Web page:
A Promising Finding to Combat Autism

Promising Finding to Combat Autism

San Diego, CA


A group of researchers at Scintillon Institute in San Diego, California demonstrated a promising therapeutic intervention for autism in an animal model.  This study, published today in Nature Communications under the title of “NitroSynapsin therapy for a mouse MEF2C haploinsufficiency model of human autism”, proposes a therapeutic strategy to mitigate the hallmarks of MEF2C haploinsufficiency syndrome (MCHS), a condition where patients who carry one copy of defective MEF2C gene suffer from severe neurological conditions including autism spectrum disorders, intellectual disabilities, and seizures.  Fig-4f-crop-(002).jpg

Neurons of normal versus mutant cells


     “This work presents very important data showing how the knowledge about MEF2C’s functions may lead to treatment for autism. Such knowledge came from many years of research by Dr. Lipton’s group and others,” said the paper’s senior author Dr. Nobuki Nakanishi, a professor at Scintillon. 

     MEF2C is an activity-dependent transcription factor which is expressed in the brain, heart, and lymphocytes, both during development and in adulthood.  Dr. Stuart Lipton, who is a co-author of the paper, and his colleagues made seminal discoveries that established the notion that MEF2 transcription factors, including MEF2C, are prominent regulators of neuronal differentiation and survival in the brain. More recently, their work led to the recognition of MCHS as a genetic condition.

In the current study, the Scintillon team studied MEF2C-heterozygous (Mef2c-het) mice, in which one of two copies of the MEF2C gene was experimentally deleted, in their effort to establish an animal model of MCHS. They first observed that Mef2c-het mice exhibit behavioral deficits resembling those of human patients, including abnormal social behaviors, deficient learning and memory, and repetitive motor behaviors. Further analysis showed changes in genes associated with neurogenesis, synapse formation, and neuronal cell death with an increased ratio of excitatory to inhibitory (E/I) neurotransmission also observed. An increased E/I ratio emerged as one of the commonly observed phenotypes in various mouse models of autism and may explain the high prevalence of seizures among patients with autism. Most importantly, neurobehavioral deficits, E/I imbalance, and histological damage are all ameliorated by treatment with NitroSynapsin, a new experimental drug related to the FDA-approved drug memantine developed by Dr. Lipton.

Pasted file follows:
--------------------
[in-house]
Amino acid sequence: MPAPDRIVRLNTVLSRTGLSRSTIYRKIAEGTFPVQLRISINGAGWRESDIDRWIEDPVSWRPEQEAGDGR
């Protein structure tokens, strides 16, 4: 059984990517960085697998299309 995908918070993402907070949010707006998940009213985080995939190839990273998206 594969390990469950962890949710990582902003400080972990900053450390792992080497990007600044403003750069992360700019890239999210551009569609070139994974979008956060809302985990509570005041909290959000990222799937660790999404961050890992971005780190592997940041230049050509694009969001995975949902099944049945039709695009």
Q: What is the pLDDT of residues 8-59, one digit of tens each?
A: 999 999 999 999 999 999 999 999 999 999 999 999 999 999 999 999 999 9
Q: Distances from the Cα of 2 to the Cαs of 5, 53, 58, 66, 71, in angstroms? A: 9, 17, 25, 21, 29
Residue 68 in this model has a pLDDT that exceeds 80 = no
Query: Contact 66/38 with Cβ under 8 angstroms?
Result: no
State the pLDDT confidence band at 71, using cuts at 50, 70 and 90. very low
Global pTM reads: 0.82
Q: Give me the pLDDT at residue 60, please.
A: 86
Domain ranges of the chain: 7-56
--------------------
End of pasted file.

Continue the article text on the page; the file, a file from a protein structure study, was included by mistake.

In summary, the new study, with Dr. Shichun Tu at Scintillon as the first author, shows that MEF2C haploinsufficiency in mice leads to abnormal brain development, E/I imbalance, and neurobehavioral dysfunction, which may be mitigated by pharmacological intervention. These results may have implications for the treatment of human MCHS and other forms of autism spectrum disorders and intellectual disabilities. 

Other participating coauthors of the paper include scientists from the Scintillon Institute (Mohd Waseem Akhtar, James Parker, Kevin Lopez, Abdullah Sultan, Scott R. McKercher, and Rajesh Ambasudhan), the Sanford Burnham Prebys Medical Discovery Institute (Rosa Maria Escorihuela, Alejandro Amador-Arjona, Jeffrey D. Zaremba, Timothy Holland, Neha Bansal, Daniel R. Holohan, Scott D. Ryan, Shing Fai Chan, Li Yan, Xiaofei Zhang, Xiayu Huang, Huaxi Xu, and Alexey V. Terskikh), the University of California, Los Angeles (Vivek Swarup and Daniel H. Geschwind), Jinan University, China (Yuqiang Wang), the Scripps Research Institute (Amanda J. Roberts), and the University of California, San Diego (Robert A. Rissman and Eliezer Masliah).

Click here to read more: http://go.nature.com/2igyPkp


Rhianna Basore

858-799-1065 Outreach Coordinator

Scintillon Institute

6868 Nancy Ridge Drive San Diego CA 92121

[email protected]


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